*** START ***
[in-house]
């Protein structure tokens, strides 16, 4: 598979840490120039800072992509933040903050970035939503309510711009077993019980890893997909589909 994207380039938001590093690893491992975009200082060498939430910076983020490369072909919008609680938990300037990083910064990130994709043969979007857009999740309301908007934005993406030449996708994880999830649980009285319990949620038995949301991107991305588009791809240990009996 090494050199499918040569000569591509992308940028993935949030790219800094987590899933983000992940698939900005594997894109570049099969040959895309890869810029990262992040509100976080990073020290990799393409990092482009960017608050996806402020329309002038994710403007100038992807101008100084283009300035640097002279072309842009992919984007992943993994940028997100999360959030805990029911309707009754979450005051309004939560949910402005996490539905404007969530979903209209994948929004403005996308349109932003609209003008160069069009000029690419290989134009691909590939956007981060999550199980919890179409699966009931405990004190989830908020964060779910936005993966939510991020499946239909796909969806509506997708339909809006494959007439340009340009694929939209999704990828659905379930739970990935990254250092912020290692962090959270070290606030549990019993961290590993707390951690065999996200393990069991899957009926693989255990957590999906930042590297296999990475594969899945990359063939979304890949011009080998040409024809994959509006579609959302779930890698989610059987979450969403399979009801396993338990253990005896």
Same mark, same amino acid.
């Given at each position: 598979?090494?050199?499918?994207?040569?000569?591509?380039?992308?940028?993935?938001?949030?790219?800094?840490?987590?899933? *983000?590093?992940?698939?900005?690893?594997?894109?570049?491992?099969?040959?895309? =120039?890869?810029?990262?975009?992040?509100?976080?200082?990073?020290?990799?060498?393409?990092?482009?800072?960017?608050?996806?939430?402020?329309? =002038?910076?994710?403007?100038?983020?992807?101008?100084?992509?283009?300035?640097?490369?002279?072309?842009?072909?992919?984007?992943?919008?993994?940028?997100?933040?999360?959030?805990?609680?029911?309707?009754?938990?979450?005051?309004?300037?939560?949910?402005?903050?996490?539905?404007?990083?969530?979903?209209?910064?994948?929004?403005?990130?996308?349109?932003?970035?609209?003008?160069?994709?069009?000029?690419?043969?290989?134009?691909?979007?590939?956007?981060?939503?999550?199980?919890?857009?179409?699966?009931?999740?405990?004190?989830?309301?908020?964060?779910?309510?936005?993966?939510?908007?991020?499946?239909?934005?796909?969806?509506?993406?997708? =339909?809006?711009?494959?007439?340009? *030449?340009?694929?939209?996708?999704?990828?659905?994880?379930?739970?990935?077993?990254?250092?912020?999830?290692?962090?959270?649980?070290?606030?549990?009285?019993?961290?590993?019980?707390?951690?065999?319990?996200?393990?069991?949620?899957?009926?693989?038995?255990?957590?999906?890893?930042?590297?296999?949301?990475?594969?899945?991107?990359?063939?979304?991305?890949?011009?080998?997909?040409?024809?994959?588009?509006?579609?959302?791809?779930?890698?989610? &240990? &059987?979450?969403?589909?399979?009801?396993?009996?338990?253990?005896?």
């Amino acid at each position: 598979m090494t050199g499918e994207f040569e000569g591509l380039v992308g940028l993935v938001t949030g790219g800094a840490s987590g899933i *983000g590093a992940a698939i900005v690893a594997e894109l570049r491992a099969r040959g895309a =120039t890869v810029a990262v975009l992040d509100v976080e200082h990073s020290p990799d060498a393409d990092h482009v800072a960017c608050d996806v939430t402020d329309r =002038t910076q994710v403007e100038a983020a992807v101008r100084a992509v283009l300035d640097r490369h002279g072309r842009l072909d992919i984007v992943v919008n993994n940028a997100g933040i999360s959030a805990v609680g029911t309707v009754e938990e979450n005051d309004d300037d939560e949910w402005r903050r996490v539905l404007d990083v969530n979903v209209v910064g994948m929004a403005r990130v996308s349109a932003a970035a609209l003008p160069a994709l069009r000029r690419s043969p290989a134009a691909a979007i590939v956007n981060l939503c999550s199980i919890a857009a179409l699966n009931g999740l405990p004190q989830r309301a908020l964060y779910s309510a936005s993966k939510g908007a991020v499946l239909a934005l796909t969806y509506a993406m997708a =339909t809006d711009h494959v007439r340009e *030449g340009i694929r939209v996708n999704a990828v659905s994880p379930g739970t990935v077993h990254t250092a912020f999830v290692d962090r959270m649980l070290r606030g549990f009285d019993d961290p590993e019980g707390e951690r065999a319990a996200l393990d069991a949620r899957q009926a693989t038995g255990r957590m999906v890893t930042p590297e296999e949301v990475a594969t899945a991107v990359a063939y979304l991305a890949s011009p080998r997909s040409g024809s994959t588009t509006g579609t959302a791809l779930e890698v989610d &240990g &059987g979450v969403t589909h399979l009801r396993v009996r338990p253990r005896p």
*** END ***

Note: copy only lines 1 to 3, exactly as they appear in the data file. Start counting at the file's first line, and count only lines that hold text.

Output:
[in-house]
């Protein structure tokens, strides 16, 4: 598979840490120039800072992509933040903050970035939503309510711009077993019980890893997909589909 994207380039938001590093690893491992975009200082060498939430910076983020490369072909919008609680938990300037990083910064990130994709043969979007857009999740309301908007934005993406030449996708994880999830649980009285319990949620038995949301991107991305588009791809240990009996 090494050199499918040569000569591509992308940028993935949030790219800094987590899933983000992940698939900005594997894109570049099969040959895309890869810029990262992040509100976080990073020290990799393409990092482009960017608050996806402020329309002038994710403007100038992807101008100084283009300035640097002279072309842009992919984007992943993994940028997100999360959030805990029911309707009754979450005051309004939560949910402005996490539905404007969530979903209209994948929004403005996308349109932003609209003008160069069009000029690419290989134009691909590939956007981060999550199980919890179409699966009931405990004190989830908020964060779910936005993966939510991020499946239909796909969806509506997708339909809006494959007439340009340009694929939209999704990828659905379930739970990935990254250092912020290692962090959270070290606030549990019993961290590993707390951690065999996200393990069991899957009926693989255990957590999906930042590297296999990475594969899945990359063939979304890949011009080998040409024809994959509006579609959302779930890698989610059987979450969403399979009801396993338990253990005896």
Same mark, same amino acid.